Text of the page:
FL House Republicans vote to ban abortions when prenatal tests reveal disabilities

Rep. Robin Bartleman, whose second pregnancy ended in tragedy, tells Florida legislators they have no right to intervene in intimate decisions about bearing or aborting a disabled fetus. Screenshot: The Florida Channel

A woman carrying a fetus diagnosed with a genetic disorder would not be allowed to terminate the pregnancy under a proposed law backed by Republicans and approved Friday in the GOP-controlled Florida House of Representatives.

Democrats denounced the plan, saying it lets government usurp an intimate decision by such a woman and predicting it would be found unconstitutional in court challenges that are sure to come.

The proposal, House Bill 1221, sponsored by Rep. Erin Grall and 12 other House Republicans, would prohibit a doctor from performing an abortion if he or she knows or should know that the patient wants to terminate the pregnancy “solely on the basis of a test result or diagnosis” showing the fetus to have a genetically inherited disability.

Violations would subject the doctor to a third-degree felony punishable by up to five years in prison and a fine of up to $5,000.

It defines those as a physical disfigurement, scoliosis, dwarfism, Down syndrome, albinism, amelia, or a physical or mental disease.

The prohibition would not apply if the pregnancy endangers the woman’s life.

The House bill, adopted 74-44 over Democratic opposition, has no counterpart in the Florida Senate but still could be taken up in that chamber if it so chooses. Next week is the final week of the regular legislative session.

“All lives matter, always. We have a duty to protect innocent life,” said Rep. Clay Yarborough, a Duval County Republican, who cited Bible passages in his support of the bill.

Rep. Grall said it is wrong for anyone to decide the future quality of life of a fetus, regardless of medical indications.

“We won’t hear from the boys and girls who are never given the opportunity to determine whether or not their quality of life is adequate, and that is who I ask you to stand for today,” said Grall, a Republican representing parts of Indian River and St. Lucie counties.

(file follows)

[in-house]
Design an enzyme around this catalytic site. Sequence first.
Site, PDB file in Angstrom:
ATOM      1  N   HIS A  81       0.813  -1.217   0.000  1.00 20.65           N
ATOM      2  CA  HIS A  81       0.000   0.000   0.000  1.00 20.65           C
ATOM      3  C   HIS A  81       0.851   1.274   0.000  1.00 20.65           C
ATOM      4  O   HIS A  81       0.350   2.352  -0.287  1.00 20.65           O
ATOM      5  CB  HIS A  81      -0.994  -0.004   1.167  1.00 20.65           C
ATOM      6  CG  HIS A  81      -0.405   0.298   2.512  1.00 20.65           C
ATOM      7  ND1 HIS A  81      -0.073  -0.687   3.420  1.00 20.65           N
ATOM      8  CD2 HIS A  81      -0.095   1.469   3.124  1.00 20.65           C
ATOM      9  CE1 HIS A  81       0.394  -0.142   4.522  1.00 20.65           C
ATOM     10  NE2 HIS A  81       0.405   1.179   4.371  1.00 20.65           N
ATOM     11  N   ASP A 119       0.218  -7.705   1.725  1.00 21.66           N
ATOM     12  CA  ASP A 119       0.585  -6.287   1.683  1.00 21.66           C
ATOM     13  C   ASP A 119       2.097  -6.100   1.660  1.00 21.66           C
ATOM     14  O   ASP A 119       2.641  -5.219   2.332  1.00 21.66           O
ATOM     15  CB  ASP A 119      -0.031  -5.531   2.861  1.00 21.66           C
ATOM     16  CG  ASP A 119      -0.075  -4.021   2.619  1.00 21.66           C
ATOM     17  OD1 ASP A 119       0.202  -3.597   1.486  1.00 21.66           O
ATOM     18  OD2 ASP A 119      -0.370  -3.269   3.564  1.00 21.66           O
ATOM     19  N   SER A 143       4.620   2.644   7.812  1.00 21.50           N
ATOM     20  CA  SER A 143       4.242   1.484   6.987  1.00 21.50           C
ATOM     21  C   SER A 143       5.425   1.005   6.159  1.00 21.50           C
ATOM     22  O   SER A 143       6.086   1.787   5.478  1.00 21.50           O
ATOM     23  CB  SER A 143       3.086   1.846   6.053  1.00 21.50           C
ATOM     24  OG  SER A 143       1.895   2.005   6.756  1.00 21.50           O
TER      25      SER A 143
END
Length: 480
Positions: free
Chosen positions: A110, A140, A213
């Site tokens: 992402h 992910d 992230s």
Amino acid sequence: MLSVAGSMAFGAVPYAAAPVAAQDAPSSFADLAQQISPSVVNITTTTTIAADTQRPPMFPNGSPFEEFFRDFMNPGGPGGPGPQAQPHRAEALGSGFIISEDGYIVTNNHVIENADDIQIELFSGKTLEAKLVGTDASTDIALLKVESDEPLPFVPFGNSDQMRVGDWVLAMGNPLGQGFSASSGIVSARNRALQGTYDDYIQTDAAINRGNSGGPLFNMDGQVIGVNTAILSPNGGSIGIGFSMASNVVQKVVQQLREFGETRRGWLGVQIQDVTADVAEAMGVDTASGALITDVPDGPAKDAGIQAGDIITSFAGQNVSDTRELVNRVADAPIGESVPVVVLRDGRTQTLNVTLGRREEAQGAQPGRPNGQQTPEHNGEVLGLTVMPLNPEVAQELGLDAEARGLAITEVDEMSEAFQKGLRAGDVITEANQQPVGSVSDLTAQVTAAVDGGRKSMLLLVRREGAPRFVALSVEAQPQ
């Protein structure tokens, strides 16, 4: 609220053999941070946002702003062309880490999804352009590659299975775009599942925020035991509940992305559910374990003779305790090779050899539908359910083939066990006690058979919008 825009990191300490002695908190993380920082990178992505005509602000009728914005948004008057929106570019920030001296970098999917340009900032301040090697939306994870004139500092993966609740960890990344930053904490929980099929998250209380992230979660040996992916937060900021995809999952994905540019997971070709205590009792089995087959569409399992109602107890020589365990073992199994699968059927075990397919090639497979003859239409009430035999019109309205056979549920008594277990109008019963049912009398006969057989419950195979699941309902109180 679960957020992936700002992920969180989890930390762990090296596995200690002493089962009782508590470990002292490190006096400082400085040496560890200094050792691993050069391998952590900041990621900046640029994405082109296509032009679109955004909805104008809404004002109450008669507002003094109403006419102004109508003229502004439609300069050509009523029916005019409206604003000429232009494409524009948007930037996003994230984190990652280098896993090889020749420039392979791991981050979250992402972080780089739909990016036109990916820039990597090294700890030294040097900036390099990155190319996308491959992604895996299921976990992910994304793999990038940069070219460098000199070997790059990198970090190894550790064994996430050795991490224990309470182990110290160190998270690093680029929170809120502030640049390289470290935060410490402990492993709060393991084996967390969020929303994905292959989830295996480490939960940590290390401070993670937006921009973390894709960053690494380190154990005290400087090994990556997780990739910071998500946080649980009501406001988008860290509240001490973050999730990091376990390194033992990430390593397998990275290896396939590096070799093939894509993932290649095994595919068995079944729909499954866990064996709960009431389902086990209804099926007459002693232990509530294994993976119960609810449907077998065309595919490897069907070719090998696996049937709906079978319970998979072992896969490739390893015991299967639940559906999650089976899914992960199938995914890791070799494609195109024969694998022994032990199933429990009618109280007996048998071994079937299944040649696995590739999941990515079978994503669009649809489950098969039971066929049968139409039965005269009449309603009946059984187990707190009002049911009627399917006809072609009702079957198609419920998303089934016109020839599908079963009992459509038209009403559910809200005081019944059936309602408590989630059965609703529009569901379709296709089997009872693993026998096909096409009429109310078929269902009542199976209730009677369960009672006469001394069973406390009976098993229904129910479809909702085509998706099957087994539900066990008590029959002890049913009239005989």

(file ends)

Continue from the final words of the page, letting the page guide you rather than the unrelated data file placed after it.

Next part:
Rep. Robin Bartleman, a special-education teacher and mother of two, trembled and shed tears as she described on the House floor her tragic second pregnancy.

She said she and her husband were informed the fetus she was carrying was severely deformed and they should contemplate whether to abort. Before they reached a decision, the fetus died in utero. Bartleman, a Broward County Democrat, implored House members not to assume a legal role in making that excruciating decision.

“That was my decision. That was my husband’s decision. That was a pregnancy that we prayed for, worked for, I had hormone treatments for. Don’t insert yourself into my family’s decision,” Bartleman said, visibly shaking. “This was such a personal, personal, personal decision. Please stay out of our decisions when it comes to this. None of us want our children to be in pain.”

Rep. Allison Tant, mother of a severely disabled adult child, said her family has the resources to withstand the lifelong challenges and expenses of caring for her son, but that many families do not.

“It’s about supporting these families,” Tant said. “I was determined to have this baby or die trying. Every family must have the right to make their own decision.”

Republican Rep. Elizabeth Fetterhoff of Volusia County said that she, herself, might have been aborted because of birth defects diagnosed in utero, but her mother refused. She survived groundbreaking surgery after being born at the University of Florida’s Shands Hospital, she said.

“She chose life, and I stand before you today, a member of the Florida House of Representatives, representing my district and working to provide the best quality of life for all Floridians, including those with disabilities,” Fetterhoff said.

While banning disability abortions, the House bill also mandates the state provide educational information about prenatal genetic disorders and resources available to families of disabled children; and requires a health care practitioner who orders or administers a prenatal screening or diagnostic test to provide the patient with that information if the test results indicate a genetic disorder.